Saturday, August 19, 2006


The Democratic National Committee today voted to rearrange the early primary/caucus schedule to add two states in an effort to provide a larger voice to minorities.

For the 2008 presidential season, Iowa will hold it's caucuses first on January 14, with Nevada holding it's own five days later. New Hampshire will retain it's first-in-the-nation primary on January 22, followed one week later by South Carolina's primary.

Nevada has a sizable Hispanic population, while South Carolina has a high concentration of black voters. The idea is to allow more diversity in the early presidential preference contests toward deciding the party's nominee, potentially giving two important constituenties more weight in the process.

There were some voices against the move, though, noting that "front loading" primaries and caucuses would likely result in a candidate having the nomination in hand much earlier, thus denying those states which hold their contests later any say.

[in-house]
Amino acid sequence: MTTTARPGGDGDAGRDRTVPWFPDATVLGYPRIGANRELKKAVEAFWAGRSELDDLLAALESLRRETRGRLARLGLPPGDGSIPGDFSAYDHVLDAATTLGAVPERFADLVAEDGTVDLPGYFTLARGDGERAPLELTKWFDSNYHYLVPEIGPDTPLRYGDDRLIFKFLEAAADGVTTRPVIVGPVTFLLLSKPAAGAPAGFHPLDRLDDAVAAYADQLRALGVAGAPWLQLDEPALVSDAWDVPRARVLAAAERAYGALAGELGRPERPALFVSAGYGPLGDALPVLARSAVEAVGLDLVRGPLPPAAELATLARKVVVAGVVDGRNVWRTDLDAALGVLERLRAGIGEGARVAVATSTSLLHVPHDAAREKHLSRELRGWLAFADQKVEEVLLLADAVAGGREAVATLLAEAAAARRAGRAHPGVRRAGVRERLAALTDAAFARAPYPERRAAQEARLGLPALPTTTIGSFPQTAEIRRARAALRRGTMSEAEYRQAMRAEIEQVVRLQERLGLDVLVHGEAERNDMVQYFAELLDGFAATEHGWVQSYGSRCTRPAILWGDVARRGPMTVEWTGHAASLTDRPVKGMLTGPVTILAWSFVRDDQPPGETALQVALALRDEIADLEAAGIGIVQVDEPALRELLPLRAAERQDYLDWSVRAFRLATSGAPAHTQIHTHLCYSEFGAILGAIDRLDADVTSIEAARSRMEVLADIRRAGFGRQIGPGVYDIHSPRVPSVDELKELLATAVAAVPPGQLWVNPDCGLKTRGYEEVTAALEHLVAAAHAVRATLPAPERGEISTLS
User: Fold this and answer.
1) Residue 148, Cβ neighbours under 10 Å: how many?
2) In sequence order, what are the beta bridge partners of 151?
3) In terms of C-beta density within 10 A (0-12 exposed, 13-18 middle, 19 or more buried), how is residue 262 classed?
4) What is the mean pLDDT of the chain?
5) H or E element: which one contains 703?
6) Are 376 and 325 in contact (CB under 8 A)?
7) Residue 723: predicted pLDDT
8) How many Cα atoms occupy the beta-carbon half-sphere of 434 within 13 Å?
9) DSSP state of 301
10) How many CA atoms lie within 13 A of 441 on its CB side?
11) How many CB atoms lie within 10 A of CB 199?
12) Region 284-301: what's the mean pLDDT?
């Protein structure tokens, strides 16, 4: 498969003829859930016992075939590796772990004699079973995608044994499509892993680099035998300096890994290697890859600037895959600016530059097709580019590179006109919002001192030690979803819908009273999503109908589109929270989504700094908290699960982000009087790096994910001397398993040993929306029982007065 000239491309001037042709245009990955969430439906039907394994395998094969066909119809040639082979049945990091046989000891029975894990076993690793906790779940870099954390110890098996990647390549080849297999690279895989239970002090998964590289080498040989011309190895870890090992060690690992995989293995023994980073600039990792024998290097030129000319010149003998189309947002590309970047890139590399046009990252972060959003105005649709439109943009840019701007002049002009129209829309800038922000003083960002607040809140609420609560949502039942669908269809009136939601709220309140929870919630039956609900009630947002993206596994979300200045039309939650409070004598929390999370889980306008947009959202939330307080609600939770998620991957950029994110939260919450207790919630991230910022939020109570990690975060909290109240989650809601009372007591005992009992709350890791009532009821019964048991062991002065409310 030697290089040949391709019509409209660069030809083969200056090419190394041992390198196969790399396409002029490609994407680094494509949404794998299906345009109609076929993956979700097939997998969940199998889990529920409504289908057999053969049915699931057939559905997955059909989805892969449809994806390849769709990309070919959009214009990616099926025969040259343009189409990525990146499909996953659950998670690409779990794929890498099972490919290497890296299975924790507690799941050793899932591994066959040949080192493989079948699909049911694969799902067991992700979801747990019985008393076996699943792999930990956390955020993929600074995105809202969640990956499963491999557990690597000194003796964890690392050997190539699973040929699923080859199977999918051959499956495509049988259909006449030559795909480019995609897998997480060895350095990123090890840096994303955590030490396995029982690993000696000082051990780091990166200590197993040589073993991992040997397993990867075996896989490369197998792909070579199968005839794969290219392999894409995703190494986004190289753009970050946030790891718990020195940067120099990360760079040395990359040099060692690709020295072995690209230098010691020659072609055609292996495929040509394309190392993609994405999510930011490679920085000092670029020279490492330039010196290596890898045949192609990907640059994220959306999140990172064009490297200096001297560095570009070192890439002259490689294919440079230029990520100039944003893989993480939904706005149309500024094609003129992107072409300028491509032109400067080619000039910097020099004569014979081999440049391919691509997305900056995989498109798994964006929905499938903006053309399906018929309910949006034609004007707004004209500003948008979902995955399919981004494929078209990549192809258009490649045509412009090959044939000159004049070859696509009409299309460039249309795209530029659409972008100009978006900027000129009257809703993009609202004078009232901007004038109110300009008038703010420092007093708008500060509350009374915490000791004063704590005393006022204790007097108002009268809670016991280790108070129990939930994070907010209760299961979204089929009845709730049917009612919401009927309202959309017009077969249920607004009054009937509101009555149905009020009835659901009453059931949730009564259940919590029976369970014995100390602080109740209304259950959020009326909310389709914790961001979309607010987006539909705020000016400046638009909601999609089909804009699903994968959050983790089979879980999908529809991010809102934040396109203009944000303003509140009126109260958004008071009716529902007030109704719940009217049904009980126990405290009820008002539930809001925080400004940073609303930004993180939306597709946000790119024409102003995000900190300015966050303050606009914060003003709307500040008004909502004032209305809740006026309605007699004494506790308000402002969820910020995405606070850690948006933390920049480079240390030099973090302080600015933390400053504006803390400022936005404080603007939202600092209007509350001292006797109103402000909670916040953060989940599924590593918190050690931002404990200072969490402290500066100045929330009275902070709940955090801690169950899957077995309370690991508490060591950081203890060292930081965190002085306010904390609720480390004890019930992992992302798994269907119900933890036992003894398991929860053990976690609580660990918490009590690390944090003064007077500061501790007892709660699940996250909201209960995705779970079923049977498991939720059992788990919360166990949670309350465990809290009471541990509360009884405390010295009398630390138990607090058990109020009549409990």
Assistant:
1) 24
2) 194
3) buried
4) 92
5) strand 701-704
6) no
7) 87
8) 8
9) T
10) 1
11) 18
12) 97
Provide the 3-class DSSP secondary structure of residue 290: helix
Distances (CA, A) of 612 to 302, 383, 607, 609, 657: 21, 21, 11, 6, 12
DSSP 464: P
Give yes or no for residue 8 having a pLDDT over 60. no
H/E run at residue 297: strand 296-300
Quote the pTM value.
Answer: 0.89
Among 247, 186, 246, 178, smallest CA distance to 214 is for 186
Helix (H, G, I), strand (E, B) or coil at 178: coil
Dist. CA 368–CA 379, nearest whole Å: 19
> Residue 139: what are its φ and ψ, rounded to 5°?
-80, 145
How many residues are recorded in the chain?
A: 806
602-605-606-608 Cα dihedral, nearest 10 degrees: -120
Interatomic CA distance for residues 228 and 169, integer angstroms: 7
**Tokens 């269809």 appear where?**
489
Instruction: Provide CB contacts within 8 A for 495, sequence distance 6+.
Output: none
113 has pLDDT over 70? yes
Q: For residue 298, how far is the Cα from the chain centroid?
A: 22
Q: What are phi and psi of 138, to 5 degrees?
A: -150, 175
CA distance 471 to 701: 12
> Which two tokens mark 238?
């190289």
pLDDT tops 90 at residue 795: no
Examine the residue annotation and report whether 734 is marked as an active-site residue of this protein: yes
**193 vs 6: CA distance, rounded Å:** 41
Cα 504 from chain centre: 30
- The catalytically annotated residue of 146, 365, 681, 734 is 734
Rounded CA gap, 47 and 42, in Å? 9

The rules also include consequences for states who may want to consider jumping ahead on the schedule:

"Eager to keep states from jumping in line, the DNC also passed enforcement rules that would punish candidates who campaign in states that ignore the party and set their own schedule. Some party members worry that would create an unseemly intraparty fight when Democrats can least afford it.

"Under that plan, candidates who venture into states that ignore party rules would not get any delegates from those contests. But some DNC members were unsure how effective such a sanction would be, particularly if the states doing the leapfrogging are small and have few delegates to offer."


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